Sunday, April 19, 2015
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percy harvin

The NFL Draft has the same allure as a record Powerball jackpot.

Men (and some women) from around the globe converge onto the internet for about 11 and a half months to try an predict, analyze, and grade the next year of fresh prospects.  We follow their every move, chart their plays, scour police blotters, and argue about their potential all the way up until their names are called… and then some more.

I’m not going to say that analysts, bloggers, or fans know nothing about these prospects.  They know quite a bit, actually, and it really is impressive how much more the common man knows about Tyrann Mathieu’s pee than he knows about… oh, we’ll go with Darfur here in order to maintain my long and proud tradition of being completely cliche.

While we know quite a bit about these prospects, and know even more about the rosters that make up our favorite teams, the truth is that the ultimate reality show that is the NFL Draft process gets it’s appeal from the fact that it is almost completely, utterly, 100 percent unpredictable.  Outside of some obvious top three picks, the only thing that is predictable about the NFL Draft is that it will be unpredictable (see, cliche after cliche, I can’t help myself).

Now, I have been predicting all offseason long that the Vikings would aim to select Notre Dame linebacker Manti Te’o in the first round of this week’s Draft, and wavered on that prediction only momentarily between Percy Harvin’s departure from Minnesota and Greg Jennings’ arrival.

That is why I was shocked to see someone much older, much more experienced, and someone that is supposed to be much wiser than me make a bold and perhaps foolish statement.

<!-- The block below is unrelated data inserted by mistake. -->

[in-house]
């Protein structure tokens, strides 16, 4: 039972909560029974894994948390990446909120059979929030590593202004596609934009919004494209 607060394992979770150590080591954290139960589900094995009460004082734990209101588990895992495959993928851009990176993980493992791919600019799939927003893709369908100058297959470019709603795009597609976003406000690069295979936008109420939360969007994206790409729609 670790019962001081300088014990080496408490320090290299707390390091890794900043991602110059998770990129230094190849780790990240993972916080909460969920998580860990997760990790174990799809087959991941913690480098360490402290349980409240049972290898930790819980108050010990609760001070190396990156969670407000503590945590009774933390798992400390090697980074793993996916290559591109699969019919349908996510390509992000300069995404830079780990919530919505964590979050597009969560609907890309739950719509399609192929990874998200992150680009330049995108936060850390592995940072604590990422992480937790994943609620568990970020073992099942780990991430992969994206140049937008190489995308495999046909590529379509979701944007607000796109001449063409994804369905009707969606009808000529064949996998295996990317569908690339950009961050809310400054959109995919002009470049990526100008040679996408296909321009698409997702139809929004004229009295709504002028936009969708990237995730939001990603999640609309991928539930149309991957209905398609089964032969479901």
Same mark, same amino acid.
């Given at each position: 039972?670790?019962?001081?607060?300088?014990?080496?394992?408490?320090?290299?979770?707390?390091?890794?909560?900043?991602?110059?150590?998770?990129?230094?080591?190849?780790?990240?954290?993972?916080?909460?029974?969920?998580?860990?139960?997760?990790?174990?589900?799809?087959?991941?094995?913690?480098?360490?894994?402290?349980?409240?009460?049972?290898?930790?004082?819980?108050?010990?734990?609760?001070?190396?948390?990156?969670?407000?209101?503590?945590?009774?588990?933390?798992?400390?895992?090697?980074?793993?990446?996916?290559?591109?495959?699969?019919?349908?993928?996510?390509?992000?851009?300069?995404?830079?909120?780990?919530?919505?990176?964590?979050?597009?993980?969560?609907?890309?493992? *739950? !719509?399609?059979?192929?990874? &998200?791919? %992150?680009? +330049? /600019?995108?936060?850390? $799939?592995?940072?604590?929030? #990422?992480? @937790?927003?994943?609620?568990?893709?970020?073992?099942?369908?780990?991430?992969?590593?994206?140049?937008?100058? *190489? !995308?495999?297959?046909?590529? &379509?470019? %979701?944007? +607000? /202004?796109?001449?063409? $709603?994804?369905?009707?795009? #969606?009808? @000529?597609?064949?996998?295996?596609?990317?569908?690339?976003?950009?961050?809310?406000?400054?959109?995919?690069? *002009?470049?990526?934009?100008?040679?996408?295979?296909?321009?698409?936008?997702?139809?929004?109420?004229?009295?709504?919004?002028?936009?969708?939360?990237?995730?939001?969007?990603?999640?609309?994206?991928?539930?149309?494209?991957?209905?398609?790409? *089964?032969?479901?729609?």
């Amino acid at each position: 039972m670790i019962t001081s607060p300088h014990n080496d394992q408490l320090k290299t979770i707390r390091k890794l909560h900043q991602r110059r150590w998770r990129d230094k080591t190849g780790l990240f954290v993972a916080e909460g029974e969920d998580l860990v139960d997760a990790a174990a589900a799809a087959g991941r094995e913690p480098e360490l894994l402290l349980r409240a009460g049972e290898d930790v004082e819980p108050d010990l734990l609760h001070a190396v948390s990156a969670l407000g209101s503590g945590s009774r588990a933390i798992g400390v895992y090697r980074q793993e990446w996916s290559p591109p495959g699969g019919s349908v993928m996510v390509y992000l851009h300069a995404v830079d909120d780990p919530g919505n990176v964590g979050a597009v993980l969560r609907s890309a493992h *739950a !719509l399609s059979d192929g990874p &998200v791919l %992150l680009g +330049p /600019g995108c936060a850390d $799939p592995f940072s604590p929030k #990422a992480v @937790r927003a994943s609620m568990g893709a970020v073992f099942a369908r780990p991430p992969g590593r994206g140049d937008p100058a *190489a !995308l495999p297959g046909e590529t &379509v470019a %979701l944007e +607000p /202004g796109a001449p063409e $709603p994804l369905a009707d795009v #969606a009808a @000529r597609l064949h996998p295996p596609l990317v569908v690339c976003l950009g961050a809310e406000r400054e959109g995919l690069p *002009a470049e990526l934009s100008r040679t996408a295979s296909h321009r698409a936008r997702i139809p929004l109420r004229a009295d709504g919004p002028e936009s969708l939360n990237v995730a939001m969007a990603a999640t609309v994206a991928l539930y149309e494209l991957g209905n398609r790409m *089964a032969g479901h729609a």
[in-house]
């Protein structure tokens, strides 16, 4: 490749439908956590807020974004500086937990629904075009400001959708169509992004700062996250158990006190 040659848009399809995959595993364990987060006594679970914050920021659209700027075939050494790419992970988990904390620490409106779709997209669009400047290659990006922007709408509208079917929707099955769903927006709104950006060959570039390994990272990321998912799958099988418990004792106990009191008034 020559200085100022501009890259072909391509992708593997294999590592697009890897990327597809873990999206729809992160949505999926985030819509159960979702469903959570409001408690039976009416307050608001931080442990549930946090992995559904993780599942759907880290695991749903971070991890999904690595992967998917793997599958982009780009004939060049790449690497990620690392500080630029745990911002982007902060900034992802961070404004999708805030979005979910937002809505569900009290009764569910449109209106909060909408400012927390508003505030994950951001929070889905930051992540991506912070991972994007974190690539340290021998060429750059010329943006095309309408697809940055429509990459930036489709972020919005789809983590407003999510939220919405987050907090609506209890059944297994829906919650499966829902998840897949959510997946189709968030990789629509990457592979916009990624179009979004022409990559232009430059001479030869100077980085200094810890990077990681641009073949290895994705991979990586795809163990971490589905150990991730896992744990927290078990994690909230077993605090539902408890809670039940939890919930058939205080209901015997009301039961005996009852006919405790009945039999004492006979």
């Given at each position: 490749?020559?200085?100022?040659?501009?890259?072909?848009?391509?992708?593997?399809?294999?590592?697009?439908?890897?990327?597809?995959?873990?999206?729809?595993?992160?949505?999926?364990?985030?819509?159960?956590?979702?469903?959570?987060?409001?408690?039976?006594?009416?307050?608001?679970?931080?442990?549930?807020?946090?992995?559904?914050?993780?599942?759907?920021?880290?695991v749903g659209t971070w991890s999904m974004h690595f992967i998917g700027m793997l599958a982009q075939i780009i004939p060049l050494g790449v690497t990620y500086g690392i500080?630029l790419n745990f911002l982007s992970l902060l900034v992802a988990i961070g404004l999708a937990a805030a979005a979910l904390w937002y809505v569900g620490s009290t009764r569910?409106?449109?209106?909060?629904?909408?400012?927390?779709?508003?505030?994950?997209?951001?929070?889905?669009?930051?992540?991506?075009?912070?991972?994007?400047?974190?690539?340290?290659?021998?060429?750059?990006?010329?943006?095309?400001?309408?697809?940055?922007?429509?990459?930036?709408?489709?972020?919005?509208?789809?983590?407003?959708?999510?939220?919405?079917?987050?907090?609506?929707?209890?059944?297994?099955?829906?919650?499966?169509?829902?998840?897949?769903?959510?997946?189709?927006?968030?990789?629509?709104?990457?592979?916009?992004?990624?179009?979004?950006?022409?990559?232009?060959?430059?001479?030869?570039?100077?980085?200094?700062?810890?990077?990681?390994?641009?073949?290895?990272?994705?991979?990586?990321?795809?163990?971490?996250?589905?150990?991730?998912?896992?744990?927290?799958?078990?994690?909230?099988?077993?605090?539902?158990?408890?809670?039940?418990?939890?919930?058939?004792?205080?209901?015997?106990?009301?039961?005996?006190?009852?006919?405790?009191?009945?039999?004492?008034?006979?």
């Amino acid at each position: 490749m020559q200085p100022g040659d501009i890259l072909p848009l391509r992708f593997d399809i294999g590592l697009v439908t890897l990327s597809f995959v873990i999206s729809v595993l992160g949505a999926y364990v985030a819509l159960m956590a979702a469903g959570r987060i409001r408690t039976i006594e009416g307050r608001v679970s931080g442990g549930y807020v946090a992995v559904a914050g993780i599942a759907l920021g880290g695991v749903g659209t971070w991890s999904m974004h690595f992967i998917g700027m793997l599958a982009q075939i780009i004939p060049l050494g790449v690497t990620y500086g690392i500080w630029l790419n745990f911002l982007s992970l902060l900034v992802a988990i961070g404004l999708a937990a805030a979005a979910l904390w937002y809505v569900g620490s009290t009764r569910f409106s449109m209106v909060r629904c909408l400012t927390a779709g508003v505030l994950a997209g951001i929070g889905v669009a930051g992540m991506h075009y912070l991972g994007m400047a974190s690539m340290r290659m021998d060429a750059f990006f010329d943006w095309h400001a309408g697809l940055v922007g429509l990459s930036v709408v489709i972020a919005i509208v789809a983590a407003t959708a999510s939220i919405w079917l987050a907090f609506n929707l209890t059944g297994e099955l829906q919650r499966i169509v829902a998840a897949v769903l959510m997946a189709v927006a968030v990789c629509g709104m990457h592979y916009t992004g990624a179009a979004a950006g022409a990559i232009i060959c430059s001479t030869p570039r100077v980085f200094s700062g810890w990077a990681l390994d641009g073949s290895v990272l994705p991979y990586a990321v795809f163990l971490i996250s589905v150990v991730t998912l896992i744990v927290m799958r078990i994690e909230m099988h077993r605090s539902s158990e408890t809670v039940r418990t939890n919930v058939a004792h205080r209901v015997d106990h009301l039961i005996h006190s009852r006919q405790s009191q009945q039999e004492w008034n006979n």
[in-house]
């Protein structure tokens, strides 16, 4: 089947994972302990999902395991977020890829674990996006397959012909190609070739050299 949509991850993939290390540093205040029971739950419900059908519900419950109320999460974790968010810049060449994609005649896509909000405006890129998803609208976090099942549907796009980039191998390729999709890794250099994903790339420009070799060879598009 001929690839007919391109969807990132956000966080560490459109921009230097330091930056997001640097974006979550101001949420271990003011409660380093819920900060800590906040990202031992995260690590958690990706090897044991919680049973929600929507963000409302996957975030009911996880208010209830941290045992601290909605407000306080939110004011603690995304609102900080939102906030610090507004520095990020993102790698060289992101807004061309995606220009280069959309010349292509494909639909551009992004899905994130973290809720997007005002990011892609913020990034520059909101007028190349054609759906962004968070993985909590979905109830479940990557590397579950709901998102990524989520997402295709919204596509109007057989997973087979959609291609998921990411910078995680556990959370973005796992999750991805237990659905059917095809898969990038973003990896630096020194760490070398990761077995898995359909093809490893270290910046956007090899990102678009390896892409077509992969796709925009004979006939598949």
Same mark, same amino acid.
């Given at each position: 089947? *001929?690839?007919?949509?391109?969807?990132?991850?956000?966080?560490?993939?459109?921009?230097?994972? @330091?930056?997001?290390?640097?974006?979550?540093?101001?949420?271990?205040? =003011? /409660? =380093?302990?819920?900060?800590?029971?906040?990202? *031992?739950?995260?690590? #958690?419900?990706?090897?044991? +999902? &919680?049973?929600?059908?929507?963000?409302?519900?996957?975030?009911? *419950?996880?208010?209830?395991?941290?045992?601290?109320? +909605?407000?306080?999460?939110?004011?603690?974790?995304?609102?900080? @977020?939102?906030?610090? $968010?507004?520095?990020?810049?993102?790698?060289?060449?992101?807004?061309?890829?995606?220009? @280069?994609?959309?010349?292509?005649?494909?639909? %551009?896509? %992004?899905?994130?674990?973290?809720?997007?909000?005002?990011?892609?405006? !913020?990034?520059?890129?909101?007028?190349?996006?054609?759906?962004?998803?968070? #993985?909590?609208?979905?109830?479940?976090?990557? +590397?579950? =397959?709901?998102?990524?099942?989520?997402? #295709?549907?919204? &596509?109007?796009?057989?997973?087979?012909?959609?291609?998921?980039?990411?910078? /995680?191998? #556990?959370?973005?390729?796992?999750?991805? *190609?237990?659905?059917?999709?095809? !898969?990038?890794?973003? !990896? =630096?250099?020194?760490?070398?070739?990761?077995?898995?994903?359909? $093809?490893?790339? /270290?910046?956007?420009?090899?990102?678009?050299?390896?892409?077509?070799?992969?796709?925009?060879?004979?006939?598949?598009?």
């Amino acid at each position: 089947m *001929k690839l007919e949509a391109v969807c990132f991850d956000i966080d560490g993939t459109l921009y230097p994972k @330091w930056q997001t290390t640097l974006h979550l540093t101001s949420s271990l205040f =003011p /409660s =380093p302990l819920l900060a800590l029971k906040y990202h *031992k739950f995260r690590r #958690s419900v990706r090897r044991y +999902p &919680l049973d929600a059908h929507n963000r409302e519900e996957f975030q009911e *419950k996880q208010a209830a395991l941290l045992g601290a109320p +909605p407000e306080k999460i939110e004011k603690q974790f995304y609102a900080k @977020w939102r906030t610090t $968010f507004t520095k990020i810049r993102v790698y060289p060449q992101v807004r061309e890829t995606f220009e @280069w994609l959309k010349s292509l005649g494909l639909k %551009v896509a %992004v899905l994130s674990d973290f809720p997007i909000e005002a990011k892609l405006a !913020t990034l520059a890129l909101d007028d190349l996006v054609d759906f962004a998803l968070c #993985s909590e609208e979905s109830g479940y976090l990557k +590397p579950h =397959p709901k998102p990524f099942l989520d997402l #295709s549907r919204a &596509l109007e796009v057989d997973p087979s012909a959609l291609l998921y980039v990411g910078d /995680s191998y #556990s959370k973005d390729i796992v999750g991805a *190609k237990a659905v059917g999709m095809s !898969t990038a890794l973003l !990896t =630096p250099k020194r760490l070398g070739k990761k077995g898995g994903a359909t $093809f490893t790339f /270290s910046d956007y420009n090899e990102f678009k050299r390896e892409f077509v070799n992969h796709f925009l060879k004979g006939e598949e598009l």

As we prepare for the 2013 NFL Draft in these parts I came to the realization that the very first Draft I covered as a blogger, the 2009 Draft class, have all completed their rookie contracts, and I can now be held accountable for the grades I assigned the Vikings back in my first days of blogging at VikingsGab.com.

Every year we dismiss draft grades as useless opinions that couldn’t possibly be accurate prior to these guys even stepping on an NFL field.  With the career paths of the 2009 class now taking shape, however, I thought it’d be fun to go back and see just how useless my grades were exactly.  The entire post of my 2009 draft grades an analysis can be read right here.

WR Percy Harvin (First Round, Pick 22)

What I said then:

GRADE:  “C”          There is no denying that Harvin could become a premier player with his game changing abilities, but he also runs the risk of doing more damage than good if his character flaws come out again.  For now a “C” until he earns the respect of Minnesota fans.  The fact that he was chosen over offensive tackle Michael Oher is another reason why I didn’t give the Vikings a higher grade here.

What I say now:

The Vikings ended up getting an elite talent out of Harvin, but health and character issues did indeed taint his time in Minnesota, which ended up seeing him shipped to Seattle for three picks including the 25th overall selection this year.  Harvin was that year’s Offensive Rookie of the Year and made multiple Pro Bowls as a return man.  I was wrong about Michael Oher being the superior player here, but only one of those two guys is still with the team that drafted him.

Well, the first wave of free agency has come and gone, and there were some fireworks involving our favorite team.  Percy Harvin was traded, Antoine Winfield was released, Greg Jennings and Matt Cassel were signed, and a lot of Vikings were retained.  Now it is time to put a nice exclamation point on this first wave as we wade closer into the second, and else edge towards the Draft.

 

It has been so long since the Vikings have had a top flight receiver on the roster, a traditional number one receiver anyways, that Vikings fans didn’t seem to mind in the slightest that Greg Jennings is a lifelong Packer.